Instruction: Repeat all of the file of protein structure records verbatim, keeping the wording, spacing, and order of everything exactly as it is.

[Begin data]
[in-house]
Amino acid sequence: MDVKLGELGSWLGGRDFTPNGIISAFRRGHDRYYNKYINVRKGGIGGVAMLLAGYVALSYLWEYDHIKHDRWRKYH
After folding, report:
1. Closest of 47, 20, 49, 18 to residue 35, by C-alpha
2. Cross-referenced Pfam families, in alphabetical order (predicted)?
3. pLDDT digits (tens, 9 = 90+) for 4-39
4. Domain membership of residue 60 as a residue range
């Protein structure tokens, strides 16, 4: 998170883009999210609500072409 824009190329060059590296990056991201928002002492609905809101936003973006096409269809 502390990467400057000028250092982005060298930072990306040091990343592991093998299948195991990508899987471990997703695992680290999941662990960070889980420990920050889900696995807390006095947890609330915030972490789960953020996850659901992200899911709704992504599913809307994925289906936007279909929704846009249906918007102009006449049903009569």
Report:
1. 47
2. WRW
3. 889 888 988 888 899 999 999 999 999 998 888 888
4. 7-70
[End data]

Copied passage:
[in-house]
Amino acid sequence: MDVKLGELGSWLGGRDFTPNGIISAFRRGHDRYYNKYINVRKGGIGGVAMLLAGYVALSYLWEYDHIKHDRWRKYH
After folding, report:
1. Closest of 47, 20, 49, 18 to residue 35, by C-alpha
2. Cross-referenced Pfam families, in alphabetical order (predicted)?
3. pLDDT digits (tens, 9 = 90+) for 4-39
4. Domain membership of residue 60 as a residue range
């Protein structure tokens, strides 16, 4: 998170883009999210609500072409 824009190329060059590296990056991201928002002492609905809101936003973006096409269809 502390990467400057000028250092982005060298930072990306040091990343592991093998299948195991990508899987471990997703695992680290999941662990960070889980420990920050889900696995807390006095947890609330915030972490789960953020996850659901992200899911709704992504599913809307994925289906936007279909929704846009249906918007102009006449049903009569």
Report:
1. 47
2. WRW
3. 889 888 988 888 899 999 999 999 999 998 888 888
4. 7-70